Dashboard Confessional, ‘A Mark, a Mission, a Brand, a Scar’ (Vagrant)
He is a boy. You are a girl. Could he make it any more obvious? The answer, apparently, is no–Dashboard Confessional, a.k.a.Chris Carrabba, doesn’t fool around with abstraction.Thirty-odd seconds into “Hands Down,” the first song on his third proper album, Carrabba has already described the feel of his girlfriend’s smooth legs, but just in case you’re not sure he’s talking about sex, he says his friends are”so dumb” for asking if he got some, then suggests that his gal “stay quiet…so we can get some.”
The tune raises some obvious questions–what, a good-looking young chap with his own MTV2 Unplugged special can’t afford a hotel room? But Carrabba can’t do much in public orin private anymore without becoming the focus of intense discussion among his many young fans, so maybe shushing his lady is the emo-icon equivalent of not talking business in the elevator. Those fans–who sing along at the top of their lungs to every song at Carrabba’s concerts and pour out their hearts to him afte rshows–are desperately protective of the guy. Many of them have been wishing aloud on Internet message boards that radio not playA Mark, a Mission and that their summer 2gether will last4ever.
It’s no surprise the kids are a little agitated. Vagrant,Dashboard’s original label, is releasing Mission in partnership with Universal Music Group. The words big pushcome to mind. What’s surprising is how nonchalantly Carrabba seems to embrace his status as emo’s first rock-star-in-the-making. From the Jimmy Eat Worldish lead single “Hands Down” on, this is a glossy, fun album,the work of a fellow who’s discovered that the limelight suits him just fine.
Only a few songs betray Dashboard’s genesis as a quiet sideline to Carrabba’s old emo band, Further Seems Forever; many tunes feature no acoustic guitar at all. While Carrabba’s band attacks tracks like “Hey Girl”with the verve of studio vets, he cops attitude about his crush’s stuck-up girlfriends, saying, “Where I’m from / We live like it’s the latest attraction.” I don’t know what that means, either, but it sounds kinda badass, sorta like one of those Billy Joel songs where he acts like a street tough.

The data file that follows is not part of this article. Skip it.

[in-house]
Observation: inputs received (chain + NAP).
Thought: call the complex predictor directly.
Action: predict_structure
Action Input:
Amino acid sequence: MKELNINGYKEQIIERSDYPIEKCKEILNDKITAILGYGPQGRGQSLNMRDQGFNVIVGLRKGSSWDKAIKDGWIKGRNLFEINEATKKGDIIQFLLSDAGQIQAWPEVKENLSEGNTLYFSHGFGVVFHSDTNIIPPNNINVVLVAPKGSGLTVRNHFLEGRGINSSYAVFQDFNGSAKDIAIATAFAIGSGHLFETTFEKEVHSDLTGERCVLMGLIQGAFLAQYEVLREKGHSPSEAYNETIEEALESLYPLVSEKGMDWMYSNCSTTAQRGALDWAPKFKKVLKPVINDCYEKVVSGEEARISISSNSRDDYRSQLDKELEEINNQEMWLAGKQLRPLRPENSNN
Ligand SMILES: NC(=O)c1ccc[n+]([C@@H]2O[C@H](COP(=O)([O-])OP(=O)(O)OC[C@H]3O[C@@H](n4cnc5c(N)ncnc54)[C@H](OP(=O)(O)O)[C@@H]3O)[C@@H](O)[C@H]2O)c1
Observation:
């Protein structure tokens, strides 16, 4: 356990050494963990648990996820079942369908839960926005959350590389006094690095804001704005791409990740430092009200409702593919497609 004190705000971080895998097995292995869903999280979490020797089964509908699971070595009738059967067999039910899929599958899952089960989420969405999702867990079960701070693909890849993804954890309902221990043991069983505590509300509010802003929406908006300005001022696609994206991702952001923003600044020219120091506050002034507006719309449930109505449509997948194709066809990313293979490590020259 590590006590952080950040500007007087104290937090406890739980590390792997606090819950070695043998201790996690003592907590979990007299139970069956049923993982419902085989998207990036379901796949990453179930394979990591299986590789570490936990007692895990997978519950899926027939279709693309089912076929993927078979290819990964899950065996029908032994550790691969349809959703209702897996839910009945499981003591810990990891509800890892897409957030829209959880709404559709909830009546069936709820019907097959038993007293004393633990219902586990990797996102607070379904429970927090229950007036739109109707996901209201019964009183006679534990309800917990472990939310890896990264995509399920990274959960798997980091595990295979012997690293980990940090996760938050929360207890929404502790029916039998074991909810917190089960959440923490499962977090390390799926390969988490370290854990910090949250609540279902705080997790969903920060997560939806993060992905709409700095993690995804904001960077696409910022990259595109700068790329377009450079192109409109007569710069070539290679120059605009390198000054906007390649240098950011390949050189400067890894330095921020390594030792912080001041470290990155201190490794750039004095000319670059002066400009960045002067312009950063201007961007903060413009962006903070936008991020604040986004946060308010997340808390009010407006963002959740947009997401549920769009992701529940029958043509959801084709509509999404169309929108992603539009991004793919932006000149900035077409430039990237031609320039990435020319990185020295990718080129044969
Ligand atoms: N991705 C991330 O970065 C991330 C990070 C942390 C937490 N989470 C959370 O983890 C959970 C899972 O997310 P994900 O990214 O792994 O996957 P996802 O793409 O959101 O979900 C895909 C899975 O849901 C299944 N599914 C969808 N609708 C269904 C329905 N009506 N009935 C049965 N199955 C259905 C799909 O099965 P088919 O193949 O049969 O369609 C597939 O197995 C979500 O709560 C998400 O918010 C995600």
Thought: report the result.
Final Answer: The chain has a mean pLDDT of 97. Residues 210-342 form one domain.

Mostly, though, Carrabba is a boy in love, taking some young thing on a tour of his favorite secret places in “Carry This Picture” and trying to wear down another in the soft-rockin’ “As Lovers Go.” He’s also a boy out of love, sarcastically thanking someone who dumped him for “waiting this long to show yourself” in “Rapid Hope Loss” and dismissing the possibility that someone could be happy without him in “So Beautiful” (“I heard that you were living well / But you don’t look like you’re living to me”).
For a 28-year-old, Carrabba remains remarkably fluent in the language of teen heartbreak. At his best, he hits on universal feelings, as in “Screaming Infidelities” or on this record’s “Ghost of a Good Thing,” which addresses a wilting relationship where “love is like a role that we play.” But sometimes the specific emotional content of his songs is so oblique that it’s hard to believe the Dashboard faithful are responding to anything but the singer’s considerable charm.
That’s emo’s dirty little secret, though: Carrabba himself is more important than the sentiments he expresses. If that order of things (which contradicts the rigorously democratic ethos of punk) isn’t a problem, then he’s the rock star for you, an inked-up Bill Clinton with a knack for making every one of us feel like we’re at the center of his world. To paraphrase his brass-balled pickup line in “As Lovers Go”:You’ve got wits, you’ve got looks, you’ve got passion, but are you brave enough to leave with him tonight?